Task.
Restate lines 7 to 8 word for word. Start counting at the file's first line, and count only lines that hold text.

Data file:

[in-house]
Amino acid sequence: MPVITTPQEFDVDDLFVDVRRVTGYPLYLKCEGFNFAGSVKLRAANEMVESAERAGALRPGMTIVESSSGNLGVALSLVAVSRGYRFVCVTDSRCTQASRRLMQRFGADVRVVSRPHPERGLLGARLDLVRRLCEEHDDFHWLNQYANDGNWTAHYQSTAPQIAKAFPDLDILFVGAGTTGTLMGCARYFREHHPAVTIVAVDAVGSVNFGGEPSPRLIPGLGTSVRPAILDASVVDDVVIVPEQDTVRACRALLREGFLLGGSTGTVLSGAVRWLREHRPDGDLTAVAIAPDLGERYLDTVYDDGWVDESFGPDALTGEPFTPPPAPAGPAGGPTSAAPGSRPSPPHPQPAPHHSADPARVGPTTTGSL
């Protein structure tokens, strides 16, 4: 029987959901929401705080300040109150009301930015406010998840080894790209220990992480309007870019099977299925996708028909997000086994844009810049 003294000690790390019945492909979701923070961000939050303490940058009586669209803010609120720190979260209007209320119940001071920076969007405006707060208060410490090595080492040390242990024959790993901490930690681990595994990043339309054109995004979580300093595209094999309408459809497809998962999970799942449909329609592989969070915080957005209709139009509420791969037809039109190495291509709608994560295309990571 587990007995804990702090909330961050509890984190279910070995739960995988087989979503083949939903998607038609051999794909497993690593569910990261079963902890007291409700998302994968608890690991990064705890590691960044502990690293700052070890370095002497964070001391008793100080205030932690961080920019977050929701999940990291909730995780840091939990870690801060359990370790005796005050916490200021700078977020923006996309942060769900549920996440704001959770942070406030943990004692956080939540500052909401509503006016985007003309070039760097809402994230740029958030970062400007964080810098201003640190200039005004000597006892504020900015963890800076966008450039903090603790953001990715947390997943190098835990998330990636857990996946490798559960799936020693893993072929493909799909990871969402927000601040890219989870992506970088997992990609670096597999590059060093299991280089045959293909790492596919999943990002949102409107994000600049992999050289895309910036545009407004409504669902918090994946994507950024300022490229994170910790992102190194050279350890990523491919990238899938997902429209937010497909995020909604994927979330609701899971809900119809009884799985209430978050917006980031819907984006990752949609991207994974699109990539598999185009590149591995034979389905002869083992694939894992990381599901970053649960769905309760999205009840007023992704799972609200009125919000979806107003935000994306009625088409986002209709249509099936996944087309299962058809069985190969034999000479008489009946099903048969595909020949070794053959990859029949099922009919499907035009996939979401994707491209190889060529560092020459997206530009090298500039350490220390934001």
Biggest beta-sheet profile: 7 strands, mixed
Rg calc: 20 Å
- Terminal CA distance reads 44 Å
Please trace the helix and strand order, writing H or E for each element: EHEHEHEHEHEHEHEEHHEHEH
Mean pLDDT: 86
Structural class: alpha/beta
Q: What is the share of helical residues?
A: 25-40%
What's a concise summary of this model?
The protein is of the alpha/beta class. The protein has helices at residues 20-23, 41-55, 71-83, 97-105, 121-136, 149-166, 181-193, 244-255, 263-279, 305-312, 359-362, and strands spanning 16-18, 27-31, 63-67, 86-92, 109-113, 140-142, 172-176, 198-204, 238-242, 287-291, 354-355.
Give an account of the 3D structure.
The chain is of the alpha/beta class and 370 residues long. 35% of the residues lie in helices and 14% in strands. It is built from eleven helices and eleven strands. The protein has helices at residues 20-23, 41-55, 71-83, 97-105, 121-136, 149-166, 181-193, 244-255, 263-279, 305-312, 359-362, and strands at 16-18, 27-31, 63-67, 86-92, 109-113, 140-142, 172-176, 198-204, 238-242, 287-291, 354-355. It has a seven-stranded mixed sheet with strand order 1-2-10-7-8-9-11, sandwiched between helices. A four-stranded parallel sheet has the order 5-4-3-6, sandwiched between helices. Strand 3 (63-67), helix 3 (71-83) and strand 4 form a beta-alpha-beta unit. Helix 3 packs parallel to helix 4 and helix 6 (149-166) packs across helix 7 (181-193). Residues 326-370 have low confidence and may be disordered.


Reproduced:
Please trace the helix and strand order, writing H or E for each element: EHEHEHEHEHEHEHEEHHEHEH
Mean pLDDT: 86